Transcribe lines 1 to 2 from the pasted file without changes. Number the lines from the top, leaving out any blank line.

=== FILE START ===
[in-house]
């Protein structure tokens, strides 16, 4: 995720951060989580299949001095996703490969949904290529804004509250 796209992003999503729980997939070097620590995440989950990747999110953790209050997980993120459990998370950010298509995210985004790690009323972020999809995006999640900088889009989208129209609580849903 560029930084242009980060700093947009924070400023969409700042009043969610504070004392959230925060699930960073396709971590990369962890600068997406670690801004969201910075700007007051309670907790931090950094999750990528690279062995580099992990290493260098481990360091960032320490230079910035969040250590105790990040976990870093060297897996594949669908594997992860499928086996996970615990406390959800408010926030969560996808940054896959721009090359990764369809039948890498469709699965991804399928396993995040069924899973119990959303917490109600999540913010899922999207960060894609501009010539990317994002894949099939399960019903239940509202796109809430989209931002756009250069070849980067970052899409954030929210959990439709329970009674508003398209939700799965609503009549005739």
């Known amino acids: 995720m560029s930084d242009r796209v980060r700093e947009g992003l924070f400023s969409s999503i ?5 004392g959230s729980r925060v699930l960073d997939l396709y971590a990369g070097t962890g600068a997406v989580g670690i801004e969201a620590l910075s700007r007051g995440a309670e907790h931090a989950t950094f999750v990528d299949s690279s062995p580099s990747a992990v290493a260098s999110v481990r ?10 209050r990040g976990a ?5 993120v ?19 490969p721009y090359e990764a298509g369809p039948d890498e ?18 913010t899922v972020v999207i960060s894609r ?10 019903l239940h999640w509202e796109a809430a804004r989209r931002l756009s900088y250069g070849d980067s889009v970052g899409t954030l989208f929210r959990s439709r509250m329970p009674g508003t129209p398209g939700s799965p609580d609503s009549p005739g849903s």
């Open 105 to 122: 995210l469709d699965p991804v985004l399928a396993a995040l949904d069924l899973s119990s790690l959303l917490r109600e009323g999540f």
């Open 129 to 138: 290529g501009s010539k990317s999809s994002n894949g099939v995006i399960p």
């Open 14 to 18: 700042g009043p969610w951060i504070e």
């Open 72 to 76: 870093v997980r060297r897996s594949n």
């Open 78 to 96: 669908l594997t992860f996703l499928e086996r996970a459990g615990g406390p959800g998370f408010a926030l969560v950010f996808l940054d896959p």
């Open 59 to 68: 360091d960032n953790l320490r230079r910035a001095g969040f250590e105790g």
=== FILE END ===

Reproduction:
[in-house]
């Protein structure tokens, strides 16, 4: 995720951060989580299949001095996703490969949904290529804004509250 796209992003999503729980997939070097620590995440989950990747999110953790209050997980993120459990998370950010298509995210985004790690009323972020999809995006999640900088889009989208129209609580849903 560029930084242009980060700093947009924070400023969409700042009043969610504070004392959230925060699930960073396709971590990369962890600068997406670690801004969201910075700007007051309670907790931090950094999750990528690279062995580099992990290493260098481990360091960032320490230079910035969040250590105790990040976990870093060297897996594949669908594997992860499928086996996970615990406390959800408010926030969560996808940054896959721009090359990764369809039948890498469709699965991804399928396993995040069924899973119990959303917490109600999540913010899922999207960060894609501009010539990317994002894949099939399960019903239940509202796109809430989209931002756009250069070849980067970052899409954030929210959990439709329970009674508003398209939700799965609503009549005739």